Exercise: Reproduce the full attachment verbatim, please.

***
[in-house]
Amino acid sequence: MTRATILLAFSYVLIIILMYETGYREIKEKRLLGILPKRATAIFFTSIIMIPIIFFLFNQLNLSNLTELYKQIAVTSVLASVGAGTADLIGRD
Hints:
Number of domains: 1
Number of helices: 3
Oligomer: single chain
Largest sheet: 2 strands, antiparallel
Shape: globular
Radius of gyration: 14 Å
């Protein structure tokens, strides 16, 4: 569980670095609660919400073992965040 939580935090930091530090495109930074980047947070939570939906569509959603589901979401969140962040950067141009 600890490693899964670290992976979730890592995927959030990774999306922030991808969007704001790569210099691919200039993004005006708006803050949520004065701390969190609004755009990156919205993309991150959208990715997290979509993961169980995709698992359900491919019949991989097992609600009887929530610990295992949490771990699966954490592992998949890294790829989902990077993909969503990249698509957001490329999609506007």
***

[in-house]
Amino acid sequence: MTRATILLAFSYVLIIILMYETGYREIKEKRLLGILPKRATAIFFTSIIMIPIIFFLFNQLNLSNLTELYKQIAVTSVLASVGAGTADLIGRD
Hints:
Number of domains: 1
Number of helices: 3
Oligomer: single chain
Largest sheet: 2 strands, antiparallel
Shape: globular
Radius of gyration: 14 Å
């Protein structure tokens, strides 16, 4: 569980670095609660919400073992965040 939580935090930091530090495109930074980047947070939570939906569509959603589901979401969140962040950067141009 600890490693899964670290992976979730890592995927959030990774999306922030991808969007704001790569210099691919200039993004005006708006803050949520004065701390969190609004755009990156919205993309991150959208990715997290979509993961169980995709698992359900491919019949991989097992609600009887929530610990295992949490771990699966954490592992998949890294790829989902990077993909969503990249698509957001490329999609506007």